Monday, August 15, 2016

Artist Spotlight: John Hiatt

After a recent conversation with a couple of other bloggers who also look for stuff outside of the mainstream, I took a deep dive into the music of John Hiatt. Now, I had always been a fan of Hiatt's, I just never realized how underrated his music is until now.

I was very familiar with the album Slow Turning because it has my favorite Hiatt song on it, "Paper Thin". At that time, I was not into digging for stuff like I have been the past few years, so I never really got into his entire catalog.

Little did I know that Bonnie Raitt's hit song "Thing Called Love" was a John Hiatt song. Or that his songs have been recorded by such diverse artists as Three Dog Night, Ronnie Milsap, Iggy Pop, Conway Twitty and the Neville Brothers.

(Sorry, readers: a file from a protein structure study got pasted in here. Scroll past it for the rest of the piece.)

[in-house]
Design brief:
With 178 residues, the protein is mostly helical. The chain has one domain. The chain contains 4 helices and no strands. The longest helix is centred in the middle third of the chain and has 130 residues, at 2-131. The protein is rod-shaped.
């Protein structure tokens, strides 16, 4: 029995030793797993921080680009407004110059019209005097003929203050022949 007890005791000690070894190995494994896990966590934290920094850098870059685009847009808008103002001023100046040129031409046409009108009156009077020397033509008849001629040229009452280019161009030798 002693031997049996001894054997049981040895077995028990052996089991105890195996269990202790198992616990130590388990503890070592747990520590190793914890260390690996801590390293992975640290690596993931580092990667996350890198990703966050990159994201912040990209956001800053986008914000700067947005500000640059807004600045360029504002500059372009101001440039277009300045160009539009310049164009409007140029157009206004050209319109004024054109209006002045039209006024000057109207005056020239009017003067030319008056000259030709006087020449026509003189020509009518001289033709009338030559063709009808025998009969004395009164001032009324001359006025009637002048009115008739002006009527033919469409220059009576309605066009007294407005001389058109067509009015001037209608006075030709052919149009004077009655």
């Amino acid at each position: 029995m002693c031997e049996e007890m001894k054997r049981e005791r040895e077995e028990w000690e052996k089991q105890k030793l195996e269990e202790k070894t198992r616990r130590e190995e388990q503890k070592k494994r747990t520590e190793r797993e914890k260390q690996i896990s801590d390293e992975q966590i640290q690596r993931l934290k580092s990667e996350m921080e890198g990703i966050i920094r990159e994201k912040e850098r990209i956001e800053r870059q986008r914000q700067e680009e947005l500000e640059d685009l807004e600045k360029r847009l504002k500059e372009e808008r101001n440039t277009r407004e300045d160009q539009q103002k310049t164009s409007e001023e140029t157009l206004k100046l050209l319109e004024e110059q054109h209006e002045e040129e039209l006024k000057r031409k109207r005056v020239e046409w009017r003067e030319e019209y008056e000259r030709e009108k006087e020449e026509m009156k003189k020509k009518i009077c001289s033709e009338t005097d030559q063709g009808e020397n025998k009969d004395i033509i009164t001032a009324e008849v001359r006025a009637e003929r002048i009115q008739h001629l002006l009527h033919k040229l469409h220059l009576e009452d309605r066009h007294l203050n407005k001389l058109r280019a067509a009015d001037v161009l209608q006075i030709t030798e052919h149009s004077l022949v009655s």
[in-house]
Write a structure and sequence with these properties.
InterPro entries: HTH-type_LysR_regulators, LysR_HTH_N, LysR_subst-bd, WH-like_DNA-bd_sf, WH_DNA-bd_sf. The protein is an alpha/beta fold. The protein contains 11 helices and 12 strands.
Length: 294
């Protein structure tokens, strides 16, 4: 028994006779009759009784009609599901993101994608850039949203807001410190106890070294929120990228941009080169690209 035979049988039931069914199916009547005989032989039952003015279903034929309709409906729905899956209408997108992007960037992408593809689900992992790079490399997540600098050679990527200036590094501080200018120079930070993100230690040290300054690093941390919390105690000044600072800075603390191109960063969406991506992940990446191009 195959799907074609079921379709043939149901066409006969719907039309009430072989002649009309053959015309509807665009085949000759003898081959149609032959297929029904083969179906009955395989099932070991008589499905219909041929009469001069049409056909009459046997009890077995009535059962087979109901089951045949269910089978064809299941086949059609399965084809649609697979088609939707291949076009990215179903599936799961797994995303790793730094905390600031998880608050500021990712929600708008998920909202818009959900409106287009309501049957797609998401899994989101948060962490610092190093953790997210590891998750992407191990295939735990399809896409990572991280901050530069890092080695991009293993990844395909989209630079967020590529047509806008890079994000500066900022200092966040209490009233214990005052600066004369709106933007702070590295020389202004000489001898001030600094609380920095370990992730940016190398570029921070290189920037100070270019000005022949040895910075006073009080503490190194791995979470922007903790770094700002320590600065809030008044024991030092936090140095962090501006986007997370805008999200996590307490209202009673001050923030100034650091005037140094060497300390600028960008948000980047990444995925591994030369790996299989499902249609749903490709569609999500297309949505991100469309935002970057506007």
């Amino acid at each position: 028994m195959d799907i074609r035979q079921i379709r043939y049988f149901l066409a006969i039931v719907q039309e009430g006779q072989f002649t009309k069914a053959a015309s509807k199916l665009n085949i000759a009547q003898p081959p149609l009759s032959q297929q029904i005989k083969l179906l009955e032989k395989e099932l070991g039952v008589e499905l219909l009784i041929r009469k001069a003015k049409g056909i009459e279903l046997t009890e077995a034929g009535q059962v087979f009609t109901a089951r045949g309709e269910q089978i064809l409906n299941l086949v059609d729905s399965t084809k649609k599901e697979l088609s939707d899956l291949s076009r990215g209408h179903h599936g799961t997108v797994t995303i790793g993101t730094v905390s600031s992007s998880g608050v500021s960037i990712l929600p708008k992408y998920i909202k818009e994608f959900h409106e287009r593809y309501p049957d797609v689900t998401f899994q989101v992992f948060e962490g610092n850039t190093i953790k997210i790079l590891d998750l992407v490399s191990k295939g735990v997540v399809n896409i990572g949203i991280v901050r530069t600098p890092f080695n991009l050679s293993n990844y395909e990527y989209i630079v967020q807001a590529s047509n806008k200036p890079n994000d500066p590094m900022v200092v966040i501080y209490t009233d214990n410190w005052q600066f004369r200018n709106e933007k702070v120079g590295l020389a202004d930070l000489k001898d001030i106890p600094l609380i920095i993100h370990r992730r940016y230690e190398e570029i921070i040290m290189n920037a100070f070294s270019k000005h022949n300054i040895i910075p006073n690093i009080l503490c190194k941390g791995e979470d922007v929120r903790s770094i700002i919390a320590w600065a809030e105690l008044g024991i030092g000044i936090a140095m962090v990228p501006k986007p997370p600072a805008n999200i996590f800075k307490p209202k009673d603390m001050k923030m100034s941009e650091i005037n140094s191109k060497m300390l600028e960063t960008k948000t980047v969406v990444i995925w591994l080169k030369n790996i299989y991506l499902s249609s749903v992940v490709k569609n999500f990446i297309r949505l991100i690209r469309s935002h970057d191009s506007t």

What kind of music does John Hiatt make? Mostly just good music, but if you want reference, look above at who has recorded his songs. Country, Americana, blues, soul, heartland rock, roots. The thing is, Hiatt can't really be pigeonholed into one genre. That may have hurt him commercially, but we, as listeners, get a treat.

If you're reading this blog, you're going to find something in the John Hiatt catalog that you like. He's been at the game for a long time, so for a starting point, go with 1988's Slow Turning and then progress forward or backward. Or if you like what you hear, jump around and explore. You won't be disappointed.

This is the song that introduced me to John Hiatt, "Paper Thin":



And another one of my favorites, "Perfectly Good Guitar":